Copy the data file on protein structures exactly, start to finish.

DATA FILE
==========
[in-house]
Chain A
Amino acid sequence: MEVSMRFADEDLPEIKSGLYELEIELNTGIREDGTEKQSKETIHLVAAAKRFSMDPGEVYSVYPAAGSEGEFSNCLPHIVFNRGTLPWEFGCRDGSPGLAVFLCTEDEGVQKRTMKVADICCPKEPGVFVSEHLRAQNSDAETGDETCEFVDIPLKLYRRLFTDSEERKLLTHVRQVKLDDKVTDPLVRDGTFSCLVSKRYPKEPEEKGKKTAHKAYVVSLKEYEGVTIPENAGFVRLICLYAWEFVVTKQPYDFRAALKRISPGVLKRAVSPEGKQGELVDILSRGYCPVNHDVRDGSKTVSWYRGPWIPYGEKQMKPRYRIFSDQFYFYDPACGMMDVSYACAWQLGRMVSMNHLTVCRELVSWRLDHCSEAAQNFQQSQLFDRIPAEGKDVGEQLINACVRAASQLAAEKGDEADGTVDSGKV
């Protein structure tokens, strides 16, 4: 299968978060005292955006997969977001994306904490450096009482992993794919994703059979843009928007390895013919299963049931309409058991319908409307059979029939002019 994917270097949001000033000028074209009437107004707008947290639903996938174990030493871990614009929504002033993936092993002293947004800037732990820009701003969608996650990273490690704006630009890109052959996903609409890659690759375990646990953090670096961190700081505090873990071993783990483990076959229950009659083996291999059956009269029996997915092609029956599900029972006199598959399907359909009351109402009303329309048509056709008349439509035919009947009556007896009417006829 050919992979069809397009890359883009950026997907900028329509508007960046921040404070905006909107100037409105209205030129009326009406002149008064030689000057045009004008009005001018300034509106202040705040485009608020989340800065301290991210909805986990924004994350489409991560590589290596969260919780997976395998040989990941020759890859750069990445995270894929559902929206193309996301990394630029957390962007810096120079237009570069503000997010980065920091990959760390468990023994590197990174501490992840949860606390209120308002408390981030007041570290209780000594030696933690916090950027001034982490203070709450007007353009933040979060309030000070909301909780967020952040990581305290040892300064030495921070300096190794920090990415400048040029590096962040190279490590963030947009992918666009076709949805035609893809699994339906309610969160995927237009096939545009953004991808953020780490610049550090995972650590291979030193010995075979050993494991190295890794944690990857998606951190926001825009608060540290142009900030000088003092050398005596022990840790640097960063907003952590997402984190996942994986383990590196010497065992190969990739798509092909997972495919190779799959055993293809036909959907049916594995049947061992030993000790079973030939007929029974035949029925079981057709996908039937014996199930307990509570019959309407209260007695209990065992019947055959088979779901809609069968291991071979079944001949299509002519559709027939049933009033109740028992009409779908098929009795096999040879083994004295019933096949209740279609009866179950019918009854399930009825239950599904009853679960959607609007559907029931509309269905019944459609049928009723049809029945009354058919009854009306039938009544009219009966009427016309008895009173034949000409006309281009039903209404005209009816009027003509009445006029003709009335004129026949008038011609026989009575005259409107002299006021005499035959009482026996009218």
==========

[in-house]
Chain A
Amino acid sequence: MEVSMRFADEDLPEIKSGLYELEIELNTGIREDGTEKQSKETIHLVAAAKRFSMDPGEVYSVYPAAGSEGEFSNCLPHIVFNRGTLPWEFGCRDGSPGLAVFLCTEDEGVQKRTMKVADICCPKEPGVFVSEHLRAQNSDAETGDETCEFVDIPLKLYRRLFTDSEERKLLTHVRQVKLDDKVTDPLVRDGTFSCLVSKRYPKEPEEKGKKTAHKAYVVSLKEYEGVTIPENAGFVRLICLYAWEFVVTKQPYDFRAALKRISPGVLKRAVSPEGKQGELVDILSRGYCPVNHDVRDGSKTVSWYRGPWIPYGEKQMKPRYRIFSDQFYFYDPACGMMDVSYACAWQLGRMVSMNHLTVCRELVSWRLDHCSEAAQNFQQSQLFDRIPAEGKDVGEQLINACVRAASQLAAEKGDEADGTVDSGKV
């Protein structure tokens, strides 16, 4: 299968978060005292955006997969977001994306904490450096009482992993794919994703059979843009928007390895013919299963049931309409058991319908409307059979029939002019 994917270097949001000033000028074209009437107004707008947290639903996938174990030493871990614009929504002033993936092993002293947004800037732990820009701003969608996650990273490690704006630009890109052959996903609409890659690759375990646990953090670096961190700081505090873990071993783990483990076959229950009659083996291999059956009269029996997915092609029956599900029972006199598959399907359909009351109402009303329309048509056709008349439509035919009947009556007896009417006829 050919992979069809397009890359883009950026997907900028329509508007960046921040404070905006909107100037409105209205030129009326009406002149008064030689000057045009004008009005001018300034509106202040705040485009608020989340800065301290991210909805986990924004994350489409991560590589290596969260919780997976395998040989990941020759890859750069990445995270894929559902929206193309996301990394630029957390962007810096120079237009570069503000997010980065920091990959760390468990023994590197990174501490992840949860606390209120308002408390981030007041570290209780000594030696933690916090950027001034982490203070709450007007353009933040979060309030000070909301909780967020952040990581305290040892300064030495921070300096190794920090990415400048040029590096962040190279490590963030947009992918666009076709949805035609893809699994339906309610969160995927237009096939545009953004991808953020780490610049550090995972650590291979030193010995075979050993494991190295890794944690990857998606951190926001825009608060540290142009900030000088003092050398005596022990840790640097960063907003952590997402984190996942994986383990590196010497065992190969990739798509092909997972495919190779799959055993293809036909959907049916594995049947061992030993000790079973030939007929029974035949029925079981057709996908039937014996199930307990509570019959309407209260007695209990065992019947055959088979779901809609069968291991071979079944001949299509002519559709027939049933009033109740028992009409779908098929009795096999040879083994004295019933096949209740279609009866179950019918009854399930009825239950599904009853679960959607609007559907029931509309269905019944459609049928009723049809029945009354058919009854009306039938009544009219009966009427016309008895009173034949000409006309281009039903209404005209009816009027003509009445006029003709009335004129026949008038011609026989009575005259409107002299006021005499035959009482026996009218």